Al Bianchi (Pro basketball.  Born, Long Island City, NY, Mar. 26, 1932.)  A veteran N.B.A. player, pro coach, and executive, Al Bianchi was general manager of the Knicks from July 8, 1987, to Mar. 1, 1991.  Although all of the teams during Bianchi’s tenure made the playoffs, none got out of the second round.  When he succeeded Scotty Stirling, he initiated a policy of packaging draft choices, most being used in trades.  Bianchi’s top pick was probably Rod Strickland (first round, 1988, No. 18 overall), who lasted over 15 seasons in the N.B.A.  The 1988-89 team finished first in the Atlantic Division.  Bianchi played at Long Island City H.S., Bowling Green U., and Syracuse (N.B.A., 1956-63), which became the Philadelphia 76ers (1963-66).  He was a head coach in both the N.B.A. (Seattle, 1967-69) and the A.B.A. (Washington-Virginia, 1969-70), and an assistant for 12 seasons (1976-87) before joining the Knicks.  In his first season, he revamped a team that had won no more than 25 games in each of the previous three seasons.  Bianchi traded center Bill Cartwright to Chicago for forward Charles Oakley June 27, 1988, and brought in Kiki Vandeweghe from Portland for a first-round draft pick.  Bianchi picked forward Johnny Newmann off the waiver wire.  Bianchi hired both Rick Pitino and Stu Jackson as head coaches.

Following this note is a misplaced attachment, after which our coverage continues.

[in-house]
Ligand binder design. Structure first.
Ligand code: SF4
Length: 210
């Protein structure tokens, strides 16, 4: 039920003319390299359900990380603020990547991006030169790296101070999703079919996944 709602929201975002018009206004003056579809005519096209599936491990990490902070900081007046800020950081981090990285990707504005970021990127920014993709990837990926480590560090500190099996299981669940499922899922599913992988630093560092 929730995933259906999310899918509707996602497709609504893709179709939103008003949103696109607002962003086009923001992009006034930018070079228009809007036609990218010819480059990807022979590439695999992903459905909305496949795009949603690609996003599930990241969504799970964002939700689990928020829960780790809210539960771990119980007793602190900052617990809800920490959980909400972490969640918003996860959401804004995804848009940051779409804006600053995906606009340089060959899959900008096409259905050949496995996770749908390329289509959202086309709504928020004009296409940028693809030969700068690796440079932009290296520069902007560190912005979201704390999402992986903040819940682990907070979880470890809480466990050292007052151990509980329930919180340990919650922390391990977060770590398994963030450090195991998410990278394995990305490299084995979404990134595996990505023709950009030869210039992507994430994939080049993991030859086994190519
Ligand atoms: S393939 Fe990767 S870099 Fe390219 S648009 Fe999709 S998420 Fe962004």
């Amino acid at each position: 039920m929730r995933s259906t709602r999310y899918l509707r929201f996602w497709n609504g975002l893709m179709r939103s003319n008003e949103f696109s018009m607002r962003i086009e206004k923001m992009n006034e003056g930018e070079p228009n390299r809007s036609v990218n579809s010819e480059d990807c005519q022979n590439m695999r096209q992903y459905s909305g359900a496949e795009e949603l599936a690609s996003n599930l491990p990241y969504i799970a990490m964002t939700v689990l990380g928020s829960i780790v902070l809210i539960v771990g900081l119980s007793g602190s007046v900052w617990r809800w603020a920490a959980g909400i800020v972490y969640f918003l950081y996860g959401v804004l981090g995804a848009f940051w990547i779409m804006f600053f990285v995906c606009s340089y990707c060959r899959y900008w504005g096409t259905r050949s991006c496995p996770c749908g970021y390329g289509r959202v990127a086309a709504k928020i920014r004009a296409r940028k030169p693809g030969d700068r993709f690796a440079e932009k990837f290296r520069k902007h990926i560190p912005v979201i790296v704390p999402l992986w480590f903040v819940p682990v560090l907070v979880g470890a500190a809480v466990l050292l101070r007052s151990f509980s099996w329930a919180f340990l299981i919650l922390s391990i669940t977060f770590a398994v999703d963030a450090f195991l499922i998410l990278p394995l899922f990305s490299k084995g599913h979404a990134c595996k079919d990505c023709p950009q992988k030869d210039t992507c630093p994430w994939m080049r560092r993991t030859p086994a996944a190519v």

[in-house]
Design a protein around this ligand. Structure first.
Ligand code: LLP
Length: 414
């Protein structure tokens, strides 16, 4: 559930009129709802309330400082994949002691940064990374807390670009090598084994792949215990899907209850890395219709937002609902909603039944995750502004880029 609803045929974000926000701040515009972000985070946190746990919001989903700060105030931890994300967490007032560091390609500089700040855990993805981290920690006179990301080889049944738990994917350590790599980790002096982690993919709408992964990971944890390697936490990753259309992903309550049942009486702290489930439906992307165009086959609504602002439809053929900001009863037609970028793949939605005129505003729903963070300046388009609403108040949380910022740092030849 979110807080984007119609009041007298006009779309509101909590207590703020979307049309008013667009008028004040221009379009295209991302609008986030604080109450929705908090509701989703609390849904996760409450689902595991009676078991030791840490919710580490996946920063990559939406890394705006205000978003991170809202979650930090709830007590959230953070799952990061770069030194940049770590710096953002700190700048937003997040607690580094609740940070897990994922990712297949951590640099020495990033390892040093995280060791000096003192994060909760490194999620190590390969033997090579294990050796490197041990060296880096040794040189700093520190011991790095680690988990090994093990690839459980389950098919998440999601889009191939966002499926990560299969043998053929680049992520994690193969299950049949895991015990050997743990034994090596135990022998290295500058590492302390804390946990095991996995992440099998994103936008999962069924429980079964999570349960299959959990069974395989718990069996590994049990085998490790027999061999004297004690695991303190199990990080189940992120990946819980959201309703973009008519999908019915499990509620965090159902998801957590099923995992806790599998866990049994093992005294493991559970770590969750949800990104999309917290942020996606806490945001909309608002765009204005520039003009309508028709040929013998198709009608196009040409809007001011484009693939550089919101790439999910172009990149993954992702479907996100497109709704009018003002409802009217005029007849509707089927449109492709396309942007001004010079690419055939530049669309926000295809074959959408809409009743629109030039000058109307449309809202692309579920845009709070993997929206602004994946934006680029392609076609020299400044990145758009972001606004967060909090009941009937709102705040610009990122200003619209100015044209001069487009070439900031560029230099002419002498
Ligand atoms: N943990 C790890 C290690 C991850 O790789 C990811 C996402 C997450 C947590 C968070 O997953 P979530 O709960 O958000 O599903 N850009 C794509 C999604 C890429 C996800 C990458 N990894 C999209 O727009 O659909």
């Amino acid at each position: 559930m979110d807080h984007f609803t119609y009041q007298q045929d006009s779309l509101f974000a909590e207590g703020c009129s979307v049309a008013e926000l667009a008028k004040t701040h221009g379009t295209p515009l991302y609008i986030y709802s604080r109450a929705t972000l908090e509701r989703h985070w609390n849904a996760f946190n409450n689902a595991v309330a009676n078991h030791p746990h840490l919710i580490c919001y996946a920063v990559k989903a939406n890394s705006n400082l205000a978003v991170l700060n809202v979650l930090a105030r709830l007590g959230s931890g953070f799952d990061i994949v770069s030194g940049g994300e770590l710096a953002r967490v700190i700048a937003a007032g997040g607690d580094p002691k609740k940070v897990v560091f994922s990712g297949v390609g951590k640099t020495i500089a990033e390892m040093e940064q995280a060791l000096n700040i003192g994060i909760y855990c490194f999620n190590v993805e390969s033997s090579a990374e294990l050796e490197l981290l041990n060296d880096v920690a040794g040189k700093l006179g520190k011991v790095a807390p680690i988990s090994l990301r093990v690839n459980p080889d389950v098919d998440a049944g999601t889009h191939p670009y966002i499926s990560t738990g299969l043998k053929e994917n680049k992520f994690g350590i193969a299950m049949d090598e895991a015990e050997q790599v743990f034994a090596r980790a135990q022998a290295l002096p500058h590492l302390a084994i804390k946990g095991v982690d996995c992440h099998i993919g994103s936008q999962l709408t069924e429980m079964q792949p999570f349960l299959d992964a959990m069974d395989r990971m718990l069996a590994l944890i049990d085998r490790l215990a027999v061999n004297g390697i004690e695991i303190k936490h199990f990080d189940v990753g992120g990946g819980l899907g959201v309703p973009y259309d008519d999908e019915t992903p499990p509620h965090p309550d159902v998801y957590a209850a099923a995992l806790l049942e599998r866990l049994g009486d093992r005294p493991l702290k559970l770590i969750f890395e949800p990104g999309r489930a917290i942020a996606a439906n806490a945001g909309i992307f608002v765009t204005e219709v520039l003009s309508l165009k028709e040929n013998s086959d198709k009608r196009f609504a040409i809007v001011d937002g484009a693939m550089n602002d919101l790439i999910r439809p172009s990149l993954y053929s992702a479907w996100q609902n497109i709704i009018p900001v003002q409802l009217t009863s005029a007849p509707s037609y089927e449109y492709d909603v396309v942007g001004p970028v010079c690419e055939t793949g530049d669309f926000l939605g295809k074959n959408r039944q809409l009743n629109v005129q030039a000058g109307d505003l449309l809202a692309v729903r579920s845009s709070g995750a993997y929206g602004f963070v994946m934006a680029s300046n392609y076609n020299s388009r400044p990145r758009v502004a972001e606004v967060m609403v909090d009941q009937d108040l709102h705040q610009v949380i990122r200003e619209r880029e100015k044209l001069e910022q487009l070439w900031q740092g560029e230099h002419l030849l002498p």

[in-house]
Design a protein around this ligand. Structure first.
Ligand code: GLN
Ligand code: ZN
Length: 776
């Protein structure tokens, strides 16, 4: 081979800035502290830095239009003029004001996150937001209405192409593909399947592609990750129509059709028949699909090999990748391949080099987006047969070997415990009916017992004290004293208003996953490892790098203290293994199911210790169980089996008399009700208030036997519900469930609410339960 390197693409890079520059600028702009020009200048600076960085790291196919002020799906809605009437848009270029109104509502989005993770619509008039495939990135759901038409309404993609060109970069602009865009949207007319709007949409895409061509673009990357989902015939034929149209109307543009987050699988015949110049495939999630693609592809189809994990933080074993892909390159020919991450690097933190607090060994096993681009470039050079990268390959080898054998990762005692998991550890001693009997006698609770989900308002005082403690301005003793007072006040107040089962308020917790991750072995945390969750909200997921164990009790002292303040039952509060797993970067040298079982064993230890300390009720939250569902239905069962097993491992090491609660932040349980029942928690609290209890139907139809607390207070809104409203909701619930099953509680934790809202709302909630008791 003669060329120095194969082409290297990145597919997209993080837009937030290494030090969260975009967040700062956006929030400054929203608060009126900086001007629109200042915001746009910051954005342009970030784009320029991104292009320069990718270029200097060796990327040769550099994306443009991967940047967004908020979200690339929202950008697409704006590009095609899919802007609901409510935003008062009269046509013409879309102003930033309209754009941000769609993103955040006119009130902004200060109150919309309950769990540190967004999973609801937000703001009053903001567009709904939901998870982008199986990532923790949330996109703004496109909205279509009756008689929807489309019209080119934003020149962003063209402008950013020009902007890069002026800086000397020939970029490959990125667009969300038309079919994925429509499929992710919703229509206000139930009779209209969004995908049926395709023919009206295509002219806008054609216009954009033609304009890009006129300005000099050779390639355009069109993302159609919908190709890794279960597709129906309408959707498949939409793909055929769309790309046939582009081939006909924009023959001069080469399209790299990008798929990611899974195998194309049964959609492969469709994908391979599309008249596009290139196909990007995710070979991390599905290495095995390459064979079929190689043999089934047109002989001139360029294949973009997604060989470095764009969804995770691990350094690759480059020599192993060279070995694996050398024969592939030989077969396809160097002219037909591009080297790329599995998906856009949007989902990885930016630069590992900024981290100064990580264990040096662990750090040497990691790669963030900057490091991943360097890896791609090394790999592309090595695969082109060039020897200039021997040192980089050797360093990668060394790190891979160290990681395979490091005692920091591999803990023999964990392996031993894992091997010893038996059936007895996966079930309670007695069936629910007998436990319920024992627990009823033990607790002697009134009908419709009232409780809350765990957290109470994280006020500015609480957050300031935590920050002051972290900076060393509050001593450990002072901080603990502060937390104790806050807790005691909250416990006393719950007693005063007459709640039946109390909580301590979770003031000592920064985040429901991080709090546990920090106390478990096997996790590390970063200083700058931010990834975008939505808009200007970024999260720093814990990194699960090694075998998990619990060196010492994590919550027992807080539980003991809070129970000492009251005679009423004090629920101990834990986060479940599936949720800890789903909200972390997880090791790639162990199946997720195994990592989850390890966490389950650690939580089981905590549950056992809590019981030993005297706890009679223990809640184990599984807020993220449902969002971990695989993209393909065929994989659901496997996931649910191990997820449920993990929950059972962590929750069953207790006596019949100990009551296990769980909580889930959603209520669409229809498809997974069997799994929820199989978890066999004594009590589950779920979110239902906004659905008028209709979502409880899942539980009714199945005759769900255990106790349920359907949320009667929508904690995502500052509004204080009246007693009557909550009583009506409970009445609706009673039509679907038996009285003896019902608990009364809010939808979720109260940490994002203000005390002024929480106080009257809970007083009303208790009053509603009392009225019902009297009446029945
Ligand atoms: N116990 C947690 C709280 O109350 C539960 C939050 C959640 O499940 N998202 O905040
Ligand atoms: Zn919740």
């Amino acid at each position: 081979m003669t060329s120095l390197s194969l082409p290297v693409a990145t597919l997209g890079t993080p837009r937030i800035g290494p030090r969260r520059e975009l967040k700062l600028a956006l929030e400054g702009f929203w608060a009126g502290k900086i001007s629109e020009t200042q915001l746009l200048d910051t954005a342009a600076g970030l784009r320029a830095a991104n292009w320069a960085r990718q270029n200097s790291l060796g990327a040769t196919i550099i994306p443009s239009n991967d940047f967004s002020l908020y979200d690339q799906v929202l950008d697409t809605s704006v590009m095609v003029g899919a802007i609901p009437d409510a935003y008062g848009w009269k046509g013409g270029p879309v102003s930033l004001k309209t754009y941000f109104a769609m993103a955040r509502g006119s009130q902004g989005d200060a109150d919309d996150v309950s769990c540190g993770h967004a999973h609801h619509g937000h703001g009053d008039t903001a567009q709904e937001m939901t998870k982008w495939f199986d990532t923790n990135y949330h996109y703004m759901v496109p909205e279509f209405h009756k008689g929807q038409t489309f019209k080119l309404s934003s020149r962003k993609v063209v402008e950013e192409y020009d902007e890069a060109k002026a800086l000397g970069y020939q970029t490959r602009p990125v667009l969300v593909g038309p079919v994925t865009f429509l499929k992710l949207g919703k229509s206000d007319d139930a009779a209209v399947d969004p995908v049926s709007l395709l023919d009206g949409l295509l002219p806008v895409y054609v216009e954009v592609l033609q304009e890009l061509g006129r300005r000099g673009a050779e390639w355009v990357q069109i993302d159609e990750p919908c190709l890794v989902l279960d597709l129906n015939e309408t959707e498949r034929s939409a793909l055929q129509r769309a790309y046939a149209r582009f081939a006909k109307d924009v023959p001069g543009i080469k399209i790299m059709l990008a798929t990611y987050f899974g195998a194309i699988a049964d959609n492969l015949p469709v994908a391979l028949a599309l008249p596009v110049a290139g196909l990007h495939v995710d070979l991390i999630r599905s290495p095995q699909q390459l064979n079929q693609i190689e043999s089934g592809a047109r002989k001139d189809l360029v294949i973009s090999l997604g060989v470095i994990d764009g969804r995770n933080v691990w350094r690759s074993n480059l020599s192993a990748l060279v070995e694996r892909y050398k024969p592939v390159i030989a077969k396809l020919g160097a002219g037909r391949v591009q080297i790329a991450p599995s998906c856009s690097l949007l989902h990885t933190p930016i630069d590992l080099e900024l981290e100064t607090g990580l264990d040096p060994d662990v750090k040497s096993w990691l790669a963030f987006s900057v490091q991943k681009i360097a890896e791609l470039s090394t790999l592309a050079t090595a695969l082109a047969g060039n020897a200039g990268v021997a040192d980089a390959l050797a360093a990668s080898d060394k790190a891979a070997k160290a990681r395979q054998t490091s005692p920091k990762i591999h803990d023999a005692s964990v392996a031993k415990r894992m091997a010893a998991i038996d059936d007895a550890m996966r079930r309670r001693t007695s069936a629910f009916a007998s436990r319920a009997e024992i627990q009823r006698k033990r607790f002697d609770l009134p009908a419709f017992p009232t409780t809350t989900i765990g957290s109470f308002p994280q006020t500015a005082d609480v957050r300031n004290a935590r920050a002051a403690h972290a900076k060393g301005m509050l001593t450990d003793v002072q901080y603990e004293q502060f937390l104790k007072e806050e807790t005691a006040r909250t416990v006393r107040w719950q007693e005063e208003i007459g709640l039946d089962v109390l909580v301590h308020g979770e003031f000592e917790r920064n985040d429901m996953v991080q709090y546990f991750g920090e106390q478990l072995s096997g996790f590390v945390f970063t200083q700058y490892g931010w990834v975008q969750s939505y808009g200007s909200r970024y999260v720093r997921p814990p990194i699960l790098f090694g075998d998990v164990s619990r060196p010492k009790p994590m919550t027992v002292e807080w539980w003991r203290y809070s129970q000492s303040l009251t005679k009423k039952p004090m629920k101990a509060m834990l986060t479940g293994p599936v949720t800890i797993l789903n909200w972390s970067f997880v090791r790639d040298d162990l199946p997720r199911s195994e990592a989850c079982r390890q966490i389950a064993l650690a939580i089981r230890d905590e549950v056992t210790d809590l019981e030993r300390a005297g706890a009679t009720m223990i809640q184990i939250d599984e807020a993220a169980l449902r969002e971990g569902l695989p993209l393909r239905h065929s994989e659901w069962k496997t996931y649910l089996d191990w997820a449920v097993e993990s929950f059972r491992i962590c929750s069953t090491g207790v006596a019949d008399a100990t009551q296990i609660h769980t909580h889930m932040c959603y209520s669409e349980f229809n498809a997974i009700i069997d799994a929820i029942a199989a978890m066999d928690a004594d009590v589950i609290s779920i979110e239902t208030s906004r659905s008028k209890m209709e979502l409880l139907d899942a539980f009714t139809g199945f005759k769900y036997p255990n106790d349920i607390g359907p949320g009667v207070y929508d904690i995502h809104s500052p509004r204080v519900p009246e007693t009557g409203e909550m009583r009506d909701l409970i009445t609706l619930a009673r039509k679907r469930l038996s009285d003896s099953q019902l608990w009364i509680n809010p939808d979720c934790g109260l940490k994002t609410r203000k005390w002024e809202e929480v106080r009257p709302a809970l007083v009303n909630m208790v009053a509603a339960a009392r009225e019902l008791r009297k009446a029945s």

Bill Bevens